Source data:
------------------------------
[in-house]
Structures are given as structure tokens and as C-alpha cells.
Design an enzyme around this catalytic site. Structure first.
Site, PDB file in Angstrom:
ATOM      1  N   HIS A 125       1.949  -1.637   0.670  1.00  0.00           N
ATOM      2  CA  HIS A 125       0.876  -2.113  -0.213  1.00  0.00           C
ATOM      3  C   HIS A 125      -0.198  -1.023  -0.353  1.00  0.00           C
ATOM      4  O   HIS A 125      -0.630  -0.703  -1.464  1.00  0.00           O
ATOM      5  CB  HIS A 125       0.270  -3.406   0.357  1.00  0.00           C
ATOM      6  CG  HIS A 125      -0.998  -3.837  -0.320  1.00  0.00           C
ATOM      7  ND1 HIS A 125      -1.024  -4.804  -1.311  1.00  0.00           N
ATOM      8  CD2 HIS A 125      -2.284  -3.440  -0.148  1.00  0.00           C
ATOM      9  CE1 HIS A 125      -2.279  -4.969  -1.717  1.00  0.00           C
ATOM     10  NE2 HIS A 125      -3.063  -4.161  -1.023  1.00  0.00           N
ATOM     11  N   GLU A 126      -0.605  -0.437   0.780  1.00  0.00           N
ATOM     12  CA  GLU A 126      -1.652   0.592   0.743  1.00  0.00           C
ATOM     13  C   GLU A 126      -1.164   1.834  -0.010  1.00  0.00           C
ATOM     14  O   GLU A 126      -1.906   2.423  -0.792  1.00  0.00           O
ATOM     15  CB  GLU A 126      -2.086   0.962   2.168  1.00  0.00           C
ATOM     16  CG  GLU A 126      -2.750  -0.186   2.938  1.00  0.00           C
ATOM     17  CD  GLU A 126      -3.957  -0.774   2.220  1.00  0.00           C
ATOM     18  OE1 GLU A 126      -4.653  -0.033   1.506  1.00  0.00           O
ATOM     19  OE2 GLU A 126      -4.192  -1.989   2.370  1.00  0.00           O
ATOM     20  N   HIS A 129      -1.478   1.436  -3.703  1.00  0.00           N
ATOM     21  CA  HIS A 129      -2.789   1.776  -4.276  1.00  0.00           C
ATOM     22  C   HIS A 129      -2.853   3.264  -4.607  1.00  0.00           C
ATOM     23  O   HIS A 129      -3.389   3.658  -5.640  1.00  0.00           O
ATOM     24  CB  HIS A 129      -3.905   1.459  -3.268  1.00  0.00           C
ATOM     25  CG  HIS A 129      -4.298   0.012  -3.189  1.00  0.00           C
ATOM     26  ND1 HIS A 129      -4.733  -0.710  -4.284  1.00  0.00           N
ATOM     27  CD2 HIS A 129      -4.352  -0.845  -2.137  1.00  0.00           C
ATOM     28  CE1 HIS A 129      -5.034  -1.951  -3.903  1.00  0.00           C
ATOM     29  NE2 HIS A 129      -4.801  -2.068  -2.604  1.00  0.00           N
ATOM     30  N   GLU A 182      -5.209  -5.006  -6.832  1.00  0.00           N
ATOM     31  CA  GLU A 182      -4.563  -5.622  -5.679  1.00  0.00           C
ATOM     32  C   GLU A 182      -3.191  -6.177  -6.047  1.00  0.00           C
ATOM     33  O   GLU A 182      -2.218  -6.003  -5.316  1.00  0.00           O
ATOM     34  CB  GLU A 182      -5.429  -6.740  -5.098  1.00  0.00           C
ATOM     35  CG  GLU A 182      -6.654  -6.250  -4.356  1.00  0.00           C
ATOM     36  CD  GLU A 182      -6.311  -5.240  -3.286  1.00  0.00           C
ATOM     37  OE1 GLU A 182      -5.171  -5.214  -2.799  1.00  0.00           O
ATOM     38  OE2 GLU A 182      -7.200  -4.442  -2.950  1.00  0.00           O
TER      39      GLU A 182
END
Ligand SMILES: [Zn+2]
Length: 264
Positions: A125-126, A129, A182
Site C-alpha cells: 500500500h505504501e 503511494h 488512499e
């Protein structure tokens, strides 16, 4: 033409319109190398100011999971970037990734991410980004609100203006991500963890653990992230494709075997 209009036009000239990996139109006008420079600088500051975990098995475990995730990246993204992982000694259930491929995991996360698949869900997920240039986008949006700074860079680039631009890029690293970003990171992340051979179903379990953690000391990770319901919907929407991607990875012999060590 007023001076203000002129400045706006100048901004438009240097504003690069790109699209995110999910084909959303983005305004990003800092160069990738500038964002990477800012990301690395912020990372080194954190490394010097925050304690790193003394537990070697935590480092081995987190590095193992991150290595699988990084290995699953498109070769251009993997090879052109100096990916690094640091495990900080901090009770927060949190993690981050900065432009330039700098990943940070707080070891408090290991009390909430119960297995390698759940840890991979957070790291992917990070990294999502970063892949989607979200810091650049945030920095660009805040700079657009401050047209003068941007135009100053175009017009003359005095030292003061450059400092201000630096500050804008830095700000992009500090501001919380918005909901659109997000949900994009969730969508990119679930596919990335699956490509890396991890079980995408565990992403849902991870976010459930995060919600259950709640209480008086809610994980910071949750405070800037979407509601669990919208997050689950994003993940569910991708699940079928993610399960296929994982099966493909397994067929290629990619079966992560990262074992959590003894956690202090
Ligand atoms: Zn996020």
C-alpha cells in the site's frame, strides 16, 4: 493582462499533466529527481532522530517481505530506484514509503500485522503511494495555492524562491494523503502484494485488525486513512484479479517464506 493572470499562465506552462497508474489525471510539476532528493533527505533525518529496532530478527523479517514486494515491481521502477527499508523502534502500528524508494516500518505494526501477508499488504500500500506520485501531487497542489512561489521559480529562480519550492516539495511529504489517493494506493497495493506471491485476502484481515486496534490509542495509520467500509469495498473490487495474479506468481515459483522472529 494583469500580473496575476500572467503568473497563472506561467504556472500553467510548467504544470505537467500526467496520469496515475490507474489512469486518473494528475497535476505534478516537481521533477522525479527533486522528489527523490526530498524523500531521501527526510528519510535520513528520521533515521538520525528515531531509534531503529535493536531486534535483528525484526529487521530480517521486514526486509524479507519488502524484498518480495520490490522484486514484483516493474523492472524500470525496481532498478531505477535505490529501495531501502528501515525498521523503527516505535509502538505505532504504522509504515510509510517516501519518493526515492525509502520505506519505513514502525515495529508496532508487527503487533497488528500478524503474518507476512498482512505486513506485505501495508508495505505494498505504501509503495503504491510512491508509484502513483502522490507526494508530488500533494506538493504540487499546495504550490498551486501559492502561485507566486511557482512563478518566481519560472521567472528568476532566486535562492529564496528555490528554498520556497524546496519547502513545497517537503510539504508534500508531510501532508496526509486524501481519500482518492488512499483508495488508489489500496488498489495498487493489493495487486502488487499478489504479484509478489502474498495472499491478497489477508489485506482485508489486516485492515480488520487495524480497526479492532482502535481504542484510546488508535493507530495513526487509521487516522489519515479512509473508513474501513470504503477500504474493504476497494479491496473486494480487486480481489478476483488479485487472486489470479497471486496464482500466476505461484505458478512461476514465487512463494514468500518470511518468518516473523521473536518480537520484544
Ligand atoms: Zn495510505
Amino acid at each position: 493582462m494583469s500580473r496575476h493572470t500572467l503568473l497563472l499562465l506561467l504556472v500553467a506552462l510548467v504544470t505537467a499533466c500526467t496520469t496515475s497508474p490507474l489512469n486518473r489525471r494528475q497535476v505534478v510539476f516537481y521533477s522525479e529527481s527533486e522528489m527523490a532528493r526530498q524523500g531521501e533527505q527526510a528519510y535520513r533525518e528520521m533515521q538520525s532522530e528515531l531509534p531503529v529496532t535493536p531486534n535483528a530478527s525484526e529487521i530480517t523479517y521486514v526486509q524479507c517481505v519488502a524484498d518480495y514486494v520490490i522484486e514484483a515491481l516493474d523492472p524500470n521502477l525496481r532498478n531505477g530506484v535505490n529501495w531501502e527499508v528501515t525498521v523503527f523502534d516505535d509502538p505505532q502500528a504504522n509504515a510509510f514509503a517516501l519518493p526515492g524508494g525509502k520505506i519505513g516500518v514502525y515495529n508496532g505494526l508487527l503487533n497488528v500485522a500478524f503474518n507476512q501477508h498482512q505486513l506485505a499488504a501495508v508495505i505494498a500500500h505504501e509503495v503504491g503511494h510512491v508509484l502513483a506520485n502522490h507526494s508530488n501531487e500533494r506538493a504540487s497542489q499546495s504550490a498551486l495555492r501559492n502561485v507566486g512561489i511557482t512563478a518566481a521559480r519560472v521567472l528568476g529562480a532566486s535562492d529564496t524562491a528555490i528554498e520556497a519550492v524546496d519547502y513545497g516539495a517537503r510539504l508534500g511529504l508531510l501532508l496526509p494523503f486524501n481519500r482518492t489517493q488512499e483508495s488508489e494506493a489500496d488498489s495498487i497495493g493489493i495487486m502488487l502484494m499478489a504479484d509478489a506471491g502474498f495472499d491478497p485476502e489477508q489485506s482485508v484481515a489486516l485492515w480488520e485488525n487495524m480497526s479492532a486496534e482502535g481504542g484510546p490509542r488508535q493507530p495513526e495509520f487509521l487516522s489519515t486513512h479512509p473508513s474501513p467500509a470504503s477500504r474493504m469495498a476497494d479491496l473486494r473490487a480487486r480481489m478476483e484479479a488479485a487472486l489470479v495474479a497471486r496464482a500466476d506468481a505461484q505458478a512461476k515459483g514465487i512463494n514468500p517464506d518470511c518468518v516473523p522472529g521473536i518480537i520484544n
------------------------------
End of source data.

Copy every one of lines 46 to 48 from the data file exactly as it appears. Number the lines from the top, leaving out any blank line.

Length: 264
Positions: A125-126, A129, A182
Site C-alpha cells: 500500500h505504501e 503511494h 488512499e